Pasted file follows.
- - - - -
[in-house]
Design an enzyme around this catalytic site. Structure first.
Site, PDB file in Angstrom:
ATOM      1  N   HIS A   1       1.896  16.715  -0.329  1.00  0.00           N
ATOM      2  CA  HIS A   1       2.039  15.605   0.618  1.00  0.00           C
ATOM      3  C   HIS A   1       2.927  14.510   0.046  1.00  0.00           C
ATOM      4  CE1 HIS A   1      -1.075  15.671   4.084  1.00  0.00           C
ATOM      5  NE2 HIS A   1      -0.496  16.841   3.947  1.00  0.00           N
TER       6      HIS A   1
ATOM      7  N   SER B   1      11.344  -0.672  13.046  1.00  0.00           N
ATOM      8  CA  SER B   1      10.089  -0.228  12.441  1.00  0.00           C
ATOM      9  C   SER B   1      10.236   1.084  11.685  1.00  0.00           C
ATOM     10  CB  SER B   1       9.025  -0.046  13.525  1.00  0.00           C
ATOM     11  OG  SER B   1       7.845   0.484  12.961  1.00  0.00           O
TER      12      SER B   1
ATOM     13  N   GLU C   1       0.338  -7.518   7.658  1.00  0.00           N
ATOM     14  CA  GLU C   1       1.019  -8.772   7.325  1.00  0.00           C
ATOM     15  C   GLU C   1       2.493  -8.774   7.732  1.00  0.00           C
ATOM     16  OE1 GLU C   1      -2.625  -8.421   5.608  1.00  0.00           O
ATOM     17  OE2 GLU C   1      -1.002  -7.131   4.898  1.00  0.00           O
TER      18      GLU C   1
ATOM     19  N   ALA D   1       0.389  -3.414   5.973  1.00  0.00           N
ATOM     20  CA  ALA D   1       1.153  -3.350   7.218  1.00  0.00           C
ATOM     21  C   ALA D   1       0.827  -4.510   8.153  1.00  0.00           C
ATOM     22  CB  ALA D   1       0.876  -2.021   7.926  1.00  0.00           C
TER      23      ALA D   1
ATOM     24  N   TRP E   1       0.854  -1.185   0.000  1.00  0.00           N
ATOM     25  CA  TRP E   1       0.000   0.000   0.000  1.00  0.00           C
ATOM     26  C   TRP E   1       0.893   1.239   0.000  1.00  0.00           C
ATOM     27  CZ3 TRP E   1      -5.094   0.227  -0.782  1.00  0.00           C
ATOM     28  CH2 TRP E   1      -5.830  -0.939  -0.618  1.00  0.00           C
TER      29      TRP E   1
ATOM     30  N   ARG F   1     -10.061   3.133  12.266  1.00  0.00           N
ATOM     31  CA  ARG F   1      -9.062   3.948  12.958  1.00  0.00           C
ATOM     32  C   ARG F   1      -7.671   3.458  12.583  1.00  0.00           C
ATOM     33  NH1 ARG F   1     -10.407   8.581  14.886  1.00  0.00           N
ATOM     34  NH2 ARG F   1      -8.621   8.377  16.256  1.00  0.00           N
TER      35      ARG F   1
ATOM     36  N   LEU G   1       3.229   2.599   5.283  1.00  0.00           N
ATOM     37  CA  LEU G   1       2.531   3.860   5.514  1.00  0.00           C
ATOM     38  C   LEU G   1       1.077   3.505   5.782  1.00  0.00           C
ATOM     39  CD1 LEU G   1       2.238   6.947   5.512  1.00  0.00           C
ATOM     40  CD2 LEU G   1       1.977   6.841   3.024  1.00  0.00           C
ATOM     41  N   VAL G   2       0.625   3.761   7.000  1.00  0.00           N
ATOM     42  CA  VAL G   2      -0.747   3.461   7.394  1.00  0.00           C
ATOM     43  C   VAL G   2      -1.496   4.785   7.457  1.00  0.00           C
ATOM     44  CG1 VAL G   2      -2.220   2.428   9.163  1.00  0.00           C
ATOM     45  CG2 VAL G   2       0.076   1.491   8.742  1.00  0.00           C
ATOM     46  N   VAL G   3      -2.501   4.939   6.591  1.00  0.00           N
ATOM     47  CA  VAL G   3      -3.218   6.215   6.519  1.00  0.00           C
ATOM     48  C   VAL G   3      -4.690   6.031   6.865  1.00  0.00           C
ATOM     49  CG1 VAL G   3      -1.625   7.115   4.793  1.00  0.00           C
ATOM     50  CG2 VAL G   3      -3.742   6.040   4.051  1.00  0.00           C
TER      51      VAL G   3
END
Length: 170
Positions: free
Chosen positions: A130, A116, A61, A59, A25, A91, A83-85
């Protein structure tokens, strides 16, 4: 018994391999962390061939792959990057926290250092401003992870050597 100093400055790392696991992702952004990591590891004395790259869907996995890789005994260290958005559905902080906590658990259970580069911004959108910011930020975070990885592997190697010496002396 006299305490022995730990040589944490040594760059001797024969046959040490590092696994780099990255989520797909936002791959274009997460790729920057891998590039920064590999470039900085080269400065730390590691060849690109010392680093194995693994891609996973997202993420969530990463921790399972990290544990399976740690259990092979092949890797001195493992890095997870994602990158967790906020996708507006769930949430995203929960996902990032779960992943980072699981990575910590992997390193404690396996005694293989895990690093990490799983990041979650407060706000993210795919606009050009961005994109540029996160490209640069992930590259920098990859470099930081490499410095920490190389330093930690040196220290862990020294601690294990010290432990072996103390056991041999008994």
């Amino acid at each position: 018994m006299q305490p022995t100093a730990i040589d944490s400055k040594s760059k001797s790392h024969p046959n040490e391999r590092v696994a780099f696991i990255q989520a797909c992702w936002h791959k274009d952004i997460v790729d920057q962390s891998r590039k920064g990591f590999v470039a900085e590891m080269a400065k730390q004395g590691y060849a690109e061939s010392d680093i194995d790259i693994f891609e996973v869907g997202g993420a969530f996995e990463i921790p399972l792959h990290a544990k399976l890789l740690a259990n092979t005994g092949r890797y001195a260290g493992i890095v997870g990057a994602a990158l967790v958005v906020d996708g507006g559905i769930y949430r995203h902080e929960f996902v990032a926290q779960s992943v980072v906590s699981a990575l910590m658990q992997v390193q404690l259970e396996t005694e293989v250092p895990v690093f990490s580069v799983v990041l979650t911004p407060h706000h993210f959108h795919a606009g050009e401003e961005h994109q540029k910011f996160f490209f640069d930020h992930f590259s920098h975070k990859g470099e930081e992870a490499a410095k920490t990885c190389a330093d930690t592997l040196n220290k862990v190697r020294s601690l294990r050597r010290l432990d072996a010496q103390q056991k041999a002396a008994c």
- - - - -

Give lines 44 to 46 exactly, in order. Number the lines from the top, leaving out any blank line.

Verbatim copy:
ATOM     41  N   VAL G   2       0.625   3.761   7.000  1.00  0.00           N
ATOM     42  CA  VAL G   2      -0.747   3.461   7.394  1.00  0.00           C
ATOM     43  C   VAL G   2      -1.496   4.785   7.457  1.00  0.00           C